Access to Federally Funded Research


Access to Federally Funded Research

On August 25, 2022, a memorandum was released by the White House Office of Science & Technology Policy updating federal policy requiring data and publications resulting from federally funded research to be shared.  The OSTP memo directs all federal agencies to develop policies to ensure that taxpayer-funded research outputs, including publications and datasets, will be made immediately available for the public to freely access.  New policies regarding public access for publications and data must be in effect by the end of 2025, although agencies may implement policies sooner.  Some of the most significant changes include:

  • The memo expands the scope of federal policy on public access to grant-funded research.  Previous guidance from 2013 applied only to agencies dispensing more than $100 million in grants annually, such as the NIH and the NSF.  Colleagues in the humanities may be interested to note that the new guidance will apply to all federal agencies, including the NEH.
  • This memo eliminates the option for authors to choose to delay public access to articles or datasets after publication.
  • Current policies based on the 2013 directive allow for publications and datasets to be subject to an embargo period of up to 12 months post-publication before becoming freely available.  The new memo specifically directs that research outputs must be made immediately available, with no option for embargo.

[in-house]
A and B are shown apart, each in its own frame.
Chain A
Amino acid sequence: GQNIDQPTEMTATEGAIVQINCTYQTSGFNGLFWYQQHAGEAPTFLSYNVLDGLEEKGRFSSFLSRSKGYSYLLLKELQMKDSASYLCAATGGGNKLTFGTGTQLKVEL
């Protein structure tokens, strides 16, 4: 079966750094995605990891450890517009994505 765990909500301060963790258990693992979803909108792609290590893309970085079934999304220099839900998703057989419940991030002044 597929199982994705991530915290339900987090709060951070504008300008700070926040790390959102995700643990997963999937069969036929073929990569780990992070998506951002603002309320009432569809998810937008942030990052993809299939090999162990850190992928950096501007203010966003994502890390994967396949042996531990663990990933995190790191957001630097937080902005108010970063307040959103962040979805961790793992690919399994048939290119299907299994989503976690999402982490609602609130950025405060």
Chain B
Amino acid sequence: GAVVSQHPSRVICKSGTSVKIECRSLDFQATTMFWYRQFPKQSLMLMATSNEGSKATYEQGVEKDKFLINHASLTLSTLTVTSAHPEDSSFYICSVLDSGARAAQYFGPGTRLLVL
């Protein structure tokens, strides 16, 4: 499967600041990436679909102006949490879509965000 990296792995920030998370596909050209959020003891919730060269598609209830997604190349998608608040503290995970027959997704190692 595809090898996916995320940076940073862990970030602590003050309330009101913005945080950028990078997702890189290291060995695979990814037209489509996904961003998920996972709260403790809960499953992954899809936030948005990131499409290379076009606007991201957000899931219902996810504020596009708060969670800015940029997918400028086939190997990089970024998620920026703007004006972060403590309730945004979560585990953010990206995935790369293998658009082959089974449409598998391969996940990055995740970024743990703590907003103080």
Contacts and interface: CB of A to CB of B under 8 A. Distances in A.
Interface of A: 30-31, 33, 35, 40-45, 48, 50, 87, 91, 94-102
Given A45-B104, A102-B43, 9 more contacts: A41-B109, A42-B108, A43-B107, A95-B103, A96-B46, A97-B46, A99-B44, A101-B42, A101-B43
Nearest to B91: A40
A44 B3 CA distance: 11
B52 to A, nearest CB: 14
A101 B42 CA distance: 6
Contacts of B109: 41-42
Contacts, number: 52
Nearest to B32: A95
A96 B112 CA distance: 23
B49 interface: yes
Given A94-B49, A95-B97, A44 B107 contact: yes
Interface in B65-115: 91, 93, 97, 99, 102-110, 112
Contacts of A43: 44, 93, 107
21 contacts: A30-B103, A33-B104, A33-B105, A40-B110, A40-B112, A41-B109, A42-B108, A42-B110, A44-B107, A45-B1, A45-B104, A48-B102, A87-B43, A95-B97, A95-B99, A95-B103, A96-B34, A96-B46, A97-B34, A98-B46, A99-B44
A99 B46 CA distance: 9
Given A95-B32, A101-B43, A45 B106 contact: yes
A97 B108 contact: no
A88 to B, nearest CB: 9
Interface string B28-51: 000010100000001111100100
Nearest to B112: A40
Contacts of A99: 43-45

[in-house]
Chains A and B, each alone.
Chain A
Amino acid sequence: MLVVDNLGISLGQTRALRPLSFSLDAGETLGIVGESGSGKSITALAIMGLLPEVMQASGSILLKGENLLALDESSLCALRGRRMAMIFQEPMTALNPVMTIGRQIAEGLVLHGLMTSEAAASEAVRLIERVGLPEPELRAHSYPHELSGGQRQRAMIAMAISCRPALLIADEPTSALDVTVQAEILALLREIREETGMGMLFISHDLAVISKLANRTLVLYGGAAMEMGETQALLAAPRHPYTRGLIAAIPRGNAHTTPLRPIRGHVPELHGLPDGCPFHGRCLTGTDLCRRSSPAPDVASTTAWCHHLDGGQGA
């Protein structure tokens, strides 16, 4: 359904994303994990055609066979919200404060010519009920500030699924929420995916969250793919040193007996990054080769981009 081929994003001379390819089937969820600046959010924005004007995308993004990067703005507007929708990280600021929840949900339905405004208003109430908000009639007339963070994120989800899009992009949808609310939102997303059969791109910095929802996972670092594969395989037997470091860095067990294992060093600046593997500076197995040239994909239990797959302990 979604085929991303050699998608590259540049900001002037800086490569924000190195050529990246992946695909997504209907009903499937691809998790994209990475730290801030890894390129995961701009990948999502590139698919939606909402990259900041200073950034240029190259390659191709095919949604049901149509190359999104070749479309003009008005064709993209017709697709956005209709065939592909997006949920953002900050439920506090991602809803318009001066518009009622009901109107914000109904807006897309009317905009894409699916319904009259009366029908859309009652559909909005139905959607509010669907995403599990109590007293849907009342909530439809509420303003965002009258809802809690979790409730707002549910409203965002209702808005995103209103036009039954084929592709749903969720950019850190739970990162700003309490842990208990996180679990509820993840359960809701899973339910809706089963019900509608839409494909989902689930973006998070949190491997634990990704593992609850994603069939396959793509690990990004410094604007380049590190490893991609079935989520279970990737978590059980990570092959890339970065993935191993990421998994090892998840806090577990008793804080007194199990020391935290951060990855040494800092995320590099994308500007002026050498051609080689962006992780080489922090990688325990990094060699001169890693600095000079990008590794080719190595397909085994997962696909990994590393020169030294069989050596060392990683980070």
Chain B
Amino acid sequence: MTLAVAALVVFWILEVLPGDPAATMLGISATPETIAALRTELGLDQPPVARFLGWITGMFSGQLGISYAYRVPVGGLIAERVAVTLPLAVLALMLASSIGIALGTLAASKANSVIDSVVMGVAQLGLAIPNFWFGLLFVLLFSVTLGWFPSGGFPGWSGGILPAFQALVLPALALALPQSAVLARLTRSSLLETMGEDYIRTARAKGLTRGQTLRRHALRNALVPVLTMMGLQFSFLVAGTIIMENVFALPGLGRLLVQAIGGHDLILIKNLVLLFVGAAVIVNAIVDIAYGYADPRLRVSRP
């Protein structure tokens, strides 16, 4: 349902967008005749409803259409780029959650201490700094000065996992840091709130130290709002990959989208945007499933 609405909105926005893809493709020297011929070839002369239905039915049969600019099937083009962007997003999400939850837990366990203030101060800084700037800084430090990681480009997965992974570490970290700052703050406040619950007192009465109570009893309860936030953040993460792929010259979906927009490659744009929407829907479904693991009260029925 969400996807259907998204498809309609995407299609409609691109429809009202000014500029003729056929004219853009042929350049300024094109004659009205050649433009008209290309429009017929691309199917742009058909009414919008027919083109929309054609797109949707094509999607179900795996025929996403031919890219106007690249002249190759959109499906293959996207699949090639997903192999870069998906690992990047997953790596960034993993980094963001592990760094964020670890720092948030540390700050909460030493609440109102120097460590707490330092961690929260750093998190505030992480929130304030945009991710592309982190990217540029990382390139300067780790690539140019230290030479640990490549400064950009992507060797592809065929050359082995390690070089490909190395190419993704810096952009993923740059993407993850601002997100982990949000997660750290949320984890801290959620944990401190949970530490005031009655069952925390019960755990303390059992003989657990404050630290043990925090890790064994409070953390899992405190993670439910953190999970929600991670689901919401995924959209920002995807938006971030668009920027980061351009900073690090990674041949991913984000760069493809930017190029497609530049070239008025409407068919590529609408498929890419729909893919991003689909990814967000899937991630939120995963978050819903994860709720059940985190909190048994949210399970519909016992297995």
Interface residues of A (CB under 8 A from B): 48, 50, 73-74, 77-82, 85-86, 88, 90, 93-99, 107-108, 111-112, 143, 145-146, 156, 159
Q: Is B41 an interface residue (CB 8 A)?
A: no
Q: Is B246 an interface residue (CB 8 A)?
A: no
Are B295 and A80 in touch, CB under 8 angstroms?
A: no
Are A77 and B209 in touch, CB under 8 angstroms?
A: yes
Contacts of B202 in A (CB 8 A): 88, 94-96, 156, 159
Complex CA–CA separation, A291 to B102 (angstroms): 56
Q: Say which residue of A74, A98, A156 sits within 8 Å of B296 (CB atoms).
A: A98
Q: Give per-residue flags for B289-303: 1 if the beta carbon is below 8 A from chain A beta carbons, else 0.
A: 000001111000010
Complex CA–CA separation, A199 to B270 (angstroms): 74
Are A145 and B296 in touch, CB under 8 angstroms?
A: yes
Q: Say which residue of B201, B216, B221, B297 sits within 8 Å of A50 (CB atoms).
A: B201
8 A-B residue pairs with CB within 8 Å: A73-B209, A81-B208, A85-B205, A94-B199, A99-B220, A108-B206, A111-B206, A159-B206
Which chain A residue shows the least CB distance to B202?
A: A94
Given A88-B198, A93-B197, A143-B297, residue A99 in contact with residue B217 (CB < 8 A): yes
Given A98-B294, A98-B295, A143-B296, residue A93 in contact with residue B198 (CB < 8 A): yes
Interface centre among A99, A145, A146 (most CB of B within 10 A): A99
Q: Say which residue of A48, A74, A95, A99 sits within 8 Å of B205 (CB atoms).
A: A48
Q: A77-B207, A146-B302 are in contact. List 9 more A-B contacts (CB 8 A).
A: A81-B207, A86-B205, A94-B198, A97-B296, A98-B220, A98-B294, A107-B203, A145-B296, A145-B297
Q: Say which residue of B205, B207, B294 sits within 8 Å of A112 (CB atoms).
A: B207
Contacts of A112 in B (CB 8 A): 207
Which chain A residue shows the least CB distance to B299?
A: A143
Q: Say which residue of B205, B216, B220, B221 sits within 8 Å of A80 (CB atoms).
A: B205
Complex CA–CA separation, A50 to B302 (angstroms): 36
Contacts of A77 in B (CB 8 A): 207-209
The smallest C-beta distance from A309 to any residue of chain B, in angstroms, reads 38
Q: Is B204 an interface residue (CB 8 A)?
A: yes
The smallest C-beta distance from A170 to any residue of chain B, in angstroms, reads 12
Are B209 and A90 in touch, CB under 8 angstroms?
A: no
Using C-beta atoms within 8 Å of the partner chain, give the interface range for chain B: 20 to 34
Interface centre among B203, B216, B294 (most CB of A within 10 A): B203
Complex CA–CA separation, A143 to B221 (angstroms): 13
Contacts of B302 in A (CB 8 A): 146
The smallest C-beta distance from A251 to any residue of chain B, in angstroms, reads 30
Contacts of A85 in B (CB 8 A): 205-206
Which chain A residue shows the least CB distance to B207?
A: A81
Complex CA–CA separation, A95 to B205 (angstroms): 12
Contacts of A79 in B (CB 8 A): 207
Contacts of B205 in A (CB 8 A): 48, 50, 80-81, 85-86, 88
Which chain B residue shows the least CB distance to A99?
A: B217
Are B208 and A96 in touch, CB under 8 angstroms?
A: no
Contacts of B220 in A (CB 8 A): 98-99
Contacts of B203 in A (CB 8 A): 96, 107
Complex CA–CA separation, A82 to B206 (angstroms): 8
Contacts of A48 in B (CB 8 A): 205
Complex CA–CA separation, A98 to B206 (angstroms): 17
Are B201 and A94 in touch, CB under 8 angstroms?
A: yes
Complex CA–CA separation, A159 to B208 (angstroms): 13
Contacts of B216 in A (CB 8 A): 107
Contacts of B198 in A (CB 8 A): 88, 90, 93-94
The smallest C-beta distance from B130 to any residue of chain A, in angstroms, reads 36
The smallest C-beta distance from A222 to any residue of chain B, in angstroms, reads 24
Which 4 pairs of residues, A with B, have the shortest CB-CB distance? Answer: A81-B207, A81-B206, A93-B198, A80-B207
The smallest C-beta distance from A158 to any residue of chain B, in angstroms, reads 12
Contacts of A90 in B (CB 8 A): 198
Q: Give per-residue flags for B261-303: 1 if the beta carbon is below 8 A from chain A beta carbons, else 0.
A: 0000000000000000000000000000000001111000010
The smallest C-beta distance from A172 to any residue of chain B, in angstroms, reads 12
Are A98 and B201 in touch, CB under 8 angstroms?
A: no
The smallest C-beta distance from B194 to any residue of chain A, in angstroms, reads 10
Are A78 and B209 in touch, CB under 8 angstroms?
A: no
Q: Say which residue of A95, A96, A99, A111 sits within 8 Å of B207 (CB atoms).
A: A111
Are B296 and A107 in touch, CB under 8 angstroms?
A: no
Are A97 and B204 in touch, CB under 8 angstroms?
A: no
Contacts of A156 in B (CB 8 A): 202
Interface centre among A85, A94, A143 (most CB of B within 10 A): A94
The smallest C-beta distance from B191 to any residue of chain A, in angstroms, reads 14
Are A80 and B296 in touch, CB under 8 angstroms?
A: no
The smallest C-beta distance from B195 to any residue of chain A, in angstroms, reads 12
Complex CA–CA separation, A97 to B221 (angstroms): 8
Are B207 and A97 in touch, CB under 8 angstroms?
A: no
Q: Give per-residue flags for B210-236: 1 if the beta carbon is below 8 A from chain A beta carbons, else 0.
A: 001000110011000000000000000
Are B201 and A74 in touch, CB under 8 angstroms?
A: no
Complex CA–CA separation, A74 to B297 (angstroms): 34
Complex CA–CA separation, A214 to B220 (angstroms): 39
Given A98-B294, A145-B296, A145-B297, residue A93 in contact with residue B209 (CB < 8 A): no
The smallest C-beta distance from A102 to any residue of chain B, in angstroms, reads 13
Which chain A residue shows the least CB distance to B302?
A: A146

• Agencies are directed to draft policies which apply to publications and datasets for which any contributing author has received funding, not just the primary author.  

Open access advocates such as SPARC, the Scholarly Publishing and Academic Resources Coalition, have described this memo as “a historic win for open access.”  Other scholarly communication analysts have raised some questions about the implementation of this ambitious directive.  It remains to be seen what policies will be developed by federal agencies in response to this directive, but any researchers who apply for or receive federal funding will want to keep an eye on this development.  Please feel free to reach out to Eli Gandour-Rood, Collins Library science liaison, with any questions.

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